And now we’re in the midst of the COVID–19 pandemic. Nothing has shown me how truly solid This family is like the past few weeks. Interacting with faculty and students through FaceTime and messaging has shown me how supportive and resourceful this family can be that we may have had technical difficulties At first, the level of commitment and encouragement through this unprecedented season has been so uplifting. Does anyone else get really excited when they saw their profs face on zoom or Microsoft Teams, and they were there to greet them, pray for them and lecture.

The shift online while difficult has made me all the more grateful to be a Guardian. Thank you Tyndale for being flexible and always showing God’s love and troubling times, for giving us a solid foundation in Christian education that has prepared us for the next step in academia in life, for teaching us about people relationships and Christ. Thank you Tyndale for the years have memories for each member of our family that has contributed to make this community what it is. I can’t wait to see what’s in store for all of us.

Vijay Krishnan: Greetings Tyndale students, seminary graduates, faculty, and all guests joining us today. As with many things in these times, our chapel service looks a bit different than normal. But I’m delighted to be joining you online and consider it a distinct privilege to be able to address the seminary graduating class today.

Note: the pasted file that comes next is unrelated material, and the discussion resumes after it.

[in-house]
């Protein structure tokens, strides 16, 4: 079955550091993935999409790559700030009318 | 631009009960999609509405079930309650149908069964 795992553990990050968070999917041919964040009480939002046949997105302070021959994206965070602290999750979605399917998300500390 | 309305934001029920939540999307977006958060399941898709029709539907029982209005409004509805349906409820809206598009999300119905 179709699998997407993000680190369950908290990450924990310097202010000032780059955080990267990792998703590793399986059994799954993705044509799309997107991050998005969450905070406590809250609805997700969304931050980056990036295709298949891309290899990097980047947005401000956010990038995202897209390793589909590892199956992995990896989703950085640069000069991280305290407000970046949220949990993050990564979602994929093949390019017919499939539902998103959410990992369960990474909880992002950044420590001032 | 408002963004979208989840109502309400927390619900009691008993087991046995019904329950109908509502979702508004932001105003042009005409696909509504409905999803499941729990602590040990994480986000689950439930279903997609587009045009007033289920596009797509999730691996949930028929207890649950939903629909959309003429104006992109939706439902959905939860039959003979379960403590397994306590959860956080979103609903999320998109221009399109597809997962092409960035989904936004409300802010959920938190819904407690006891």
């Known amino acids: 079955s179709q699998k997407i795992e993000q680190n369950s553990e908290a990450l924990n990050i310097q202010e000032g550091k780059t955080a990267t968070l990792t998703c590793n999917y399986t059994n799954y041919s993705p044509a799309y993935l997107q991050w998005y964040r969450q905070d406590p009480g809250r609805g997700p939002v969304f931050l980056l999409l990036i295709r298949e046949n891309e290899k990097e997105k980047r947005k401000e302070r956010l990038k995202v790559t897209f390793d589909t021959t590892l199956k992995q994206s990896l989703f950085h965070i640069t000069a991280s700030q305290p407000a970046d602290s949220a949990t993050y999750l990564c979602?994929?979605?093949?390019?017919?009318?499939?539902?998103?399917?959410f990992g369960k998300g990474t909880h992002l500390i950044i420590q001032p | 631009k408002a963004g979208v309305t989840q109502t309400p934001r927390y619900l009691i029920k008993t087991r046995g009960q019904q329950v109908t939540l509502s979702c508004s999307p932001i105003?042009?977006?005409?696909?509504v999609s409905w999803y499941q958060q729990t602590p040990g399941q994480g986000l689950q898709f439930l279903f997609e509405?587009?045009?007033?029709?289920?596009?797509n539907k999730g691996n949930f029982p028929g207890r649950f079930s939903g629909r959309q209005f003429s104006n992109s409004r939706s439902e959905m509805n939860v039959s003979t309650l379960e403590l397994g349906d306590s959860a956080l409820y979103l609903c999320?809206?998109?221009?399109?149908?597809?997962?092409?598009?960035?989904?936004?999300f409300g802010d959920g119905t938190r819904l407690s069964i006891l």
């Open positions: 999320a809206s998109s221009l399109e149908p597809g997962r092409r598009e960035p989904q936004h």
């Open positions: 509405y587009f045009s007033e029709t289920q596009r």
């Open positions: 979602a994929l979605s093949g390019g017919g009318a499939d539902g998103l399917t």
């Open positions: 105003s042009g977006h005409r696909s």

I started at Tyndale in the year 2000. It was my first course with Donald Leggett in the Old Testament theology and history. At the time, I was working in marketing in the Toronto business community, and the one course I took was simply just to further my own understanding of God and theology in the scriptures. At least I figured it maybe limit the amount of heresy coming out of my mouth as I was a volunteer worship leader at my local church at the time, fortunately, they didn’t record worship services back then. So there’s no way to know Whether it worked or not, but I had no idea or intention that 10 years later I would be quitting my job in business and becoming the lead pastor of a three year old church plant that I had been serving at as a volunteer worship leader.